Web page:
- Age: The most significant risk factor for Alzheimer’s disease is age. People over 65 years of age are more likely to develop Alzheimer’s than younger people. By 85 years of age, the Alzheimer’s Association estimate that 1 in 3 people have the condition.
- Family history: Having a close relative with Alzheimer’s disease increases the risk of developing it.
- Head trauma: People with previous instances of severe head trauma, such as from a motor vehicle accident or contact sports, appear to be at higher risk of developing Alzheimer’s disease.
- Heart health: Health problems in the heart or blood vessels may increase the chance of developing Alzheimer’s disease. Examples include high blood pressure, stroke, diabetes, heart disease, and high cholesterol. These can damage blood vessels in the brain, impacting Alzheimer’s disease risk.
Alzheimer’s disease usually involves a gradual loss of memory and brain function.
Early symptoms may include periods of forgetfulness or memory loss. Over time, a person may experience confusion or disorientation in familiar settings, including in the home.
Other symptoms could include:
- changes in mood or personality
- confusion about time or place
- difficulty with routine tasks, such as doing laundry or cooking
- difficulty recognizing common objects
- difficulty recognizing people
- frequently misplacing objects and belongings
The aging process might naturally impair a person’s memory, but Alzheimer’s disease leads to more consistent periods of forgetfulness.
Over time, a person with Alzheimer’s may need an increasing amount of assistance with daily living, such as brushing teeth, getting dressed, and cutting food.
They may also experience agitation, restlessness, personality withdrawals, and speech problems.
According to the National Institutes of Health, the survival rate for a person with Alzheimer’s disease is usually 8 to 10 years after the first appearance of symptoms.
Seeking medical assistance for a person who demonstrates these symptoms is vital, even though the discussion might be a difficult one. A doctor can rule out other diseases that might cause dementia, such as a urinary tract infection or brain tumor.
Before an appointment, family members should make a list of any medications the person with symptoms is currently taking. The doctor can review the list and make sure dementia symptoms are not side effects of current medications.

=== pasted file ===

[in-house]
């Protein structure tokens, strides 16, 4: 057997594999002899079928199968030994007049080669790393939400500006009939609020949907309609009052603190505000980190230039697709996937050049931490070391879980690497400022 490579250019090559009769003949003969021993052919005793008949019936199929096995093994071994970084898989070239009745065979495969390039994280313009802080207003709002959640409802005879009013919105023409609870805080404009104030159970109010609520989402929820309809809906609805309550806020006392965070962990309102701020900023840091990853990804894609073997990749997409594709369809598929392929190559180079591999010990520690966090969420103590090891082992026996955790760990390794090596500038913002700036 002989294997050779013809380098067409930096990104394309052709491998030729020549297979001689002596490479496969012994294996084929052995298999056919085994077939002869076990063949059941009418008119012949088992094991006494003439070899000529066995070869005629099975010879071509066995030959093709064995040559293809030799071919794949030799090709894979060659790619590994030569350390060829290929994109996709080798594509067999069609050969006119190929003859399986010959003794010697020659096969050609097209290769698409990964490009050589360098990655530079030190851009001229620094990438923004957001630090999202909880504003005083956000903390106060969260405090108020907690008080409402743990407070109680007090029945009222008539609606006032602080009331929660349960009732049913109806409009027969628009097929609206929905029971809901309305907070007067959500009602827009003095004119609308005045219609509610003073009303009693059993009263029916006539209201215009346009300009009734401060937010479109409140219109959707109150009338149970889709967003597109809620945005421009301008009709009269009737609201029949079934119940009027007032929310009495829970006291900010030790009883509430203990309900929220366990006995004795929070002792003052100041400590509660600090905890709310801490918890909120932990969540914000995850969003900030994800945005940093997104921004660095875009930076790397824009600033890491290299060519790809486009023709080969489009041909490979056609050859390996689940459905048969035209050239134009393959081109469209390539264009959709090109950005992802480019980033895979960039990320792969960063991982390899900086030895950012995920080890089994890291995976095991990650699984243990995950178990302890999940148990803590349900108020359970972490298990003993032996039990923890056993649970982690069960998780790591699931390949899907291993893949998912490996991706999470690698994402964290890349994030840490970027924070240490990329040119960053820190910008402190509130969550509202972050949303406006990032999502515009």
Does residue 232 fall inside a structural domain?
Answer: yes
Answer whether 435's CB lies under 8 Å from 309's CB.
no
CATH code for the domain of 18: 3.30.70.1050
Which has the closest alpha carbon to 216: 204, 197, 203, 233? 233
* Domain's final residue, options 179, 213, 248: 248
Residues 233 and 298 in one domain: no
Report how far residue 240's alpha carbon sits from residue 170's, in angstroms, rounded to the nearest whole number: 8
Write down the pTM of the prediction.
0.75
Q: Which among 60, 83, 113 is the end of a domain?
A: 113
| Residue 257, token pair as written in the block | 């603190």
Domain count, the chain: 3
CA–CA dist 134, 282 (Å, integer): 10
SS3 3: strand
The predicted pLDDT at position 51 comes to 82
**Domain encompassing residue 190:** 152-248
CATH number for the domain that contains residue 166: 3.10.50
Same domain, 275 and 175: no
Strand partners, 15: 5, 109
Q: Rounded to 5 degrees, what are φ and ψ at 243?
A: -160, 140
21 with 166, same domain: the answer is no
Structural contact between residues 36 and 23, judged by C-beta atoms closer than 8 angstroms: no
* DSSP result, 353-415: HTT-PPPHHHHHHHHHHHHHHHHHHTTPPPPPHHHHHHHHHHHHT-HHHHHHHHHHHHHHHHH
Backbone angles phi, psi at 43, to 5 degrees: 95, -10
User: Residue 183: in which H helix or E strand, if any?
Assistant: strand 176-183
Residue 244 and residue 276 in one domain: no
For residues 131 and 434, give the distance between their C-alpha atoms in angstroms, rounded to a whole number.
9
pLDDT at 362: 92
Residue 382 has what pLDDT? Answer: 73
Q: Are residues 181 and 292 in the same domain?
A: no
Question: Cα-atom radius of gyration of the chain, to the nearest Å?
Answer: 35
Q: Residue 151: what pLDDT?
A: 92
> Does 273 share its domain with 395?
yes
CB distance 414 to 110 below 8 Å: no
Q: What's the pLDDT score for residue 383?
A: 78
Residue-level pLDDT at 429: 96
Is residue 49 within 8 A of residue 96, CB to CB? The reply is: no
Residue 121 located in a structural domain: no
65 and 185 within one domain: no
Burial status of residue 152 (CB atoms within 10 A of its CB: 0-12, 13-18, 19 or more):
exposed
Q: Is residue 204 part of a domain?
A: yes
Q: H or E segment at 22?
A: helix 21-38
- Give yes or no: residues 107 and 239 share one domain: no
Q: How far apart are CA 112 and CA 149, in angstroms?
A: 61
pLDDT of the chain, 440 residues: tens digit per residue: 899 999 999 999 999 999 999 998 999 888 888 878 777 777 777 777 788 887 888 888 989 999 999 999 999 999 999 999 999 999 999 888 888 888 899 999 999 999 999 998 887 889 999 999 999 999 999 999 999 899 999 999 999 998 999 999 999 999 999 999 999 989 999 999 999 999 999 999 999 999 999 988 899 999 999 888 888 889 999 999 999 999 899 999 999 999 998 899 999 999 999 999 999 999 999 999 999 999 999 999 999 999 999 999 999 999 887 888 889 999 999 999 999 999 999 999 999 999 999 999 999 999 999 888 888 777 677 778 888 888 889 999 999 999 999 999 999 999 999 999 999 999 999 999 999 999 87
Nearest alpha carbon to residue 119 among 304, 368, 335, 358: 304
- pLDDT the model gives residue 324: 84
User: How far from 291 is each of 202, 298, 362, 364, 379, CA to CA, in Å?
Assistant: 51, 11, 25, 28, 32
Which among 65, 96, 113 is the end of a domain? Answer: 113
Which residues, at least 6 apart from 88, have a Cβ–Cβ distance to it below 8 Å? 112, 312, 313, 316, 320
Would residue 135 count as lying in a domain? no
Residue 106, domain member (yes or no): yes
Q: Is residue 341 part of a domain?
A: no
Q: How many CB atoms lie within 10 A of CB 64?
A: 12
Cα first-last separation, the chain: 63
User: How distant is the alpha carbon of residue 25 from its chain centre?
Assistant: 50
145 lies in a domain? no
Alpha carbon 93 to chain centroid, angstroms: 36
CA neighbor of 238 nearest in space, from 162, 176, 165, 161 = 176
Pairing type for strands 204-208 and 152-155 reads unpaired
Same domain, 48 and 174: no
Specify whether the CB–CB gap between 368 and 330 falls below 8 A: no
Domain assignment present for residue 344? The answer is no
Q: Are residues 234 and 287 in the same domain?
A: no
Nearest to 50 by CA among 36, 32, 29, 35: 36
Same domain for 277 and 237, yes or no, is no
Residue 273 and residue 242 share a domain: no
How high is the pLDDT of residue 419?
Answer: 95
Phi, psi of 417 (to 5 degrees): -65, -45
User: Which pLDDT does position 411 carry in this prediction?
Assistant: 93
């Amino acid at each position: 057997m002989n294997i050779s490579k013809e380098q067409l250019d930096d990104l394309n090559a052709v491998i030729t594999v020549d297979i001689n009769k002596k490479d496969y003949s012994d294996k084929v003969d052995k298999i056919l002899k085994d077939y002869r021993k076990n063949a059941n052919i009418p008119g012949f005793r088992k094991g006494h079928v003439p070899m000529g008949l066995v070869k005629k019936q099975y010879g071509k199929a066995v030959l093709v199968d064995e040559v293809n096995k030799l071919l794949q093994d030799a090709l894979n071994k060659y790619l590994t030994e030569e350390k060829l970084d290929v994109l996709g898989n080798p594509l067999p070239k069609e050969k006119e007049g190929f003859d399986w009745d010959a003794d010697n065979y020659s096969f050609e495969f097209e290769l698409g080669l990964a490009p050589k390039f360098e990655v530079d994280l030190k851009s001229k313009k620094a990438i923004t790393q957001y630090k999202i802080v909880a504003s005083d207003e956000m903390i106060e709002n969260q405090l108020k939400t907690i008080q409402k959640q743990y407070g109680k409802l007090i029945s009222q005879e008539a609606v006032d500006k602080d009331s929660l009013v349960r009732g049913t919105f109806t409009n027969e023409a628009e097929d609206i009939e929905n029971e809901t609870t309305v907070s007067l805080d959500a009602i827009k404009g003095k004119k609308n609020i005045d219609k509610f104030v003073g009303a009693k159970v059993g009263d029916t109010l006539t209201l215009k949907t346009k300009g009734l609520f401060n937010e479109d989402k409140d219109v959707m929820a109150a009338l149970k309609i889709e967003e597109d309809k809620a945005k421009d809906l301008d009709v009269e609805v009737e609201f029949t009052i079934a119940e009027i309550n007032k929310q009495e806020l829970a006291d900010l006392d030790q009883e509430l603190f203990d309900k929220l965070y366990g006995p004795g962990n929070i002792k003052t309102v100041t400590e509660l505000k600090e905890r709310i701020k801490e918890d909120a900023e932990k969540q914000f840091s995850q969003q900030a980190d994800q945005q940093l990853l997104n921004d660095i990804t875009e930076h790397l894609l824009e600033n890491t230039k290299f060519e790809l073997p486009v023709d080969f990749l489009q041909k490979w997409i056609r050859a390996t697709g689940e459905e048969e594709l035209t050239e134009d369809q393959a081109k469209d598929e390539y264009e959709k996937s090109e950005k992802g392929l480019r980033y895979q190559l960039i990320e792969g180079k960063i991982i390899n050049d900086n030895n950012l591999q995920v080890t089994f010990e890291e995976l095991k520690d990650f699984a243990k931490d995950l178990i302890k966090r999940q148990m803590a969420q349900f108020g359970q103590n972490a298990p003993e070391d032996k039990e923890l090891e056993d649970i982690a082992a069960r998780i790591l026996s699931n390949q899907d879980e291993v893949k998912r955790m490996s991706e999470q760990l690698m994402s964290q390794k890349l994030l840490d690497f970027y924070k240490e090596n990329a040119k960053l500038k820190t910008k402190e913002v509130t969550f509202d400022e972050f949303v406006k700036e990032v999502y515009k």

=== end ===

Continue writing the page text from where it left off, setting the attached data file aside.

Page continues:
Keep a journal of noticeable symptoms as they develop over time to help a doctor establish potential patterns.
Although genetic testing that can detect the genes that have links to Alzheimer’s disease is available, doctors do not generally recommend this testing for late-onset diseases.
The presence of the genes does not necessarily mean that a person will have the condition. Testing could cause unnecessary worry, anxiety, and fear.
However, a person with a family history of early-onset Alzheimer’s may wish to pursue genetic testing. Most doctors will recommend meeting with a genetic counselor beforehand to discuss the pros and cons of genetic testing, and how they can interpret the results.
Sometimes, a doctor may recommend genetic testing when people show early Alzheimer’s symptoms, as this may dictate possible treatments and potential for therapeutic drug trials.
Alzheimer’s disease has links to a number of genes. Some, such as the APOE-e4 gene, increase the risk of developing the disease but do not always lead to an Alzheimer’s diagnosis.
Others, such as the APP gene, directly cause the disease to develop. However, this is a rare type known as familial Alzheimer’s that occurs in less than 5 percent of people with the disease.
Researchers are currently undertaking some large-scale studies on Alzheimer’s disease and its links to heredity.
People who would like to contribute to the body of knowledge could contact researchers from the National Institute on Aging, who sponsor the Alzheimer’s disease genetics study.